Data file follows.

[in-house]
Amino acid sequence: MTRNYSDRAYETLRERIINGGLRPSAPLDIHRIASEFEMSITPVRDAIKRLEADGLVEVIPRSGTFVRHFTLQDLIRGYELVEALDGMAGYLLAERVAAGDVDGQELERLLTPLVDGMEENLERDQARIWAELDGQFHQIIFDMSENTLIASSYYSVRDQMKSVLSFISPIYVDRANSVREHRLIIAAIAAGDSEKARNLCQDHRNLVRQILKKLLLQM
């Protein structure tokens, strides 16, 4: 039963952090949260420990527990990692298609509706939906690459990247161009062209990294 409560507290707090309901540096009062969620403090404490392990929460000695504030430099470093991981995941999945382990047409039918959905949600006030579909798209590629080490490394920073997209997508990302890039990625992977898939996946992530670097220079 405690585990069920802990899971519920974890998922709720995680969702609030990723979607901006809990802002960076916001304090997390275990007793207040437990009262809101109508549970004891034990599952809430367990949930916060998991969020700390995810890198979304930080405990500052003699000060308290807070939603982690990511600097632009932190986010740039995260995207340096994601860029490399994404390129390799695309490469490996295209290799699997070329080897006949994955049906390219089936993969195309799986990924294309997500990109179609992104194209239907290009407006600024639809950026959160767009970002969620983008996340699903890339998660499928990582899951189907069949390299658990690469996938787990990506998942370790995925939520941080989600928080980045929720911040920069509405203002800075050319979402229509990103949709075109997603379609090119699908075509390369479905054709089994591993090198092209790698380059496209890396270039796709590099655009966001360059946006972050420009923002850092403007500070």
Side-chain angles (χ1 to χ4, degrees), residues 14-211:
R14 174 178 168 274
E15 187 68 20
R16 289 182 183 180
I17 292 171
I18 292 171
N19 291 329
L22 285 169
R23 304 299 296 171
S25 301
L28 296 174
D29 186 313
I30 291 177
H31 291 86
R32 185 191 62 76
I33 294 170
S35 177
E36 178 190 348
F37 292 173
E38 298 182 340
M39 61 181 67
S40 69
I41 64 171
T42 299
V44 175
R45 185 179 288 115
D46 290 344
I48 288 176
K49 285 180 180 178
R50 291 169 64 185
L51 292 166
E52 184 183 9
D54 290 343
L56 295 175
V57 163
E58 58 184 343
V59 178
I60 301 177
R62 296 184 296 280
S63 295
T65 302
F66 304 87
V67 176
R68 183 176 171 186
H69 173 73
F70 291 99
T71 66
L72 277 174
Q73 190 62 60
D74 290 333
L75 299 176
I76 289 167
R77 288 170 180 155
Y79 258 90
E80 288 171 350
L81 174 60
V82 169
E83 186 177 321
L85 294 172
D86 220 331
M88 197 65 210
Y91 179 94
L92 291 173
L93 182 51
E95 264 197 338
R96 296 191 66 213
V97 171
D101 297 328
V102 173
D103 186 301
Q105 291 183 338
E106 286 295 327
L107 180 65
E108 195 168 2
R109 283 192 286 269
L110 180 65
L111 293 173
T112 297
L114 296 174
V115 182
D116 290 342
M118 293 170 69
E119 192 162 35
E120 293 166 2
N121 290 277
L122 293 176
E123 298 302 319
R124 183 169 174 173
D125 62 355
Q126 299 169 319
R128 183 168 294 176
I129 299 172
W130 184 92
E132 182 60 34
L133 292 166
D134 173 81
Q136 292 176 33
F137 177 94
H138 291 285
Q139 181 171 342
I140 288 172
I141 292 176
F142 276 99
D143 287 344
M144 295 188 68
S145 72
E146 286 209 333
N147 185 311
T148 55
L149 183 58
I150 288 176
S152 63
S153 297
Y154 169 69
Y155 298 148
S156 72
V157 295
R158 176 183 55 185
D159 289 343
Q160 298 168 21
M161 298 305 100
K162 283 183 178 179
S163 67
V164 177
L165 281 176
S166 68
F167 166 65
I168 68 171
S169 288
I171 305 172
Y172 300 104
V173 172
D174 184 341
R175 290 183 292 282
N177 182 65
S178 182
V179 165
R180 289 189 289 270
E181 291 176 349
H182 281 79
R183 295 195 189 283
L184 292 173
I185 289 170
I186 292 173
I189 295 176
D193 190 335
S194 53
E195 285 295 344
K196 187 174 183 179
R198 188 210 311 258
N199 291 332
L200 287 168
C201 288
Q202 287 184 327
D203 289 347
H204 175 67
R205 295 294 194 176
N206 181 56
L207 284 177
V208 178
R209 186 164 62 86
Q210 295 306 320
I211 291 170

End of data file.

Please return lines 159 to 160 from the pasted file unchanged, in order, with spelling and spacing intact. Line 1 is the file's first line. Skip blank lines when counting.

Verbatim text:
H204 175 67
R205 295 294 194 176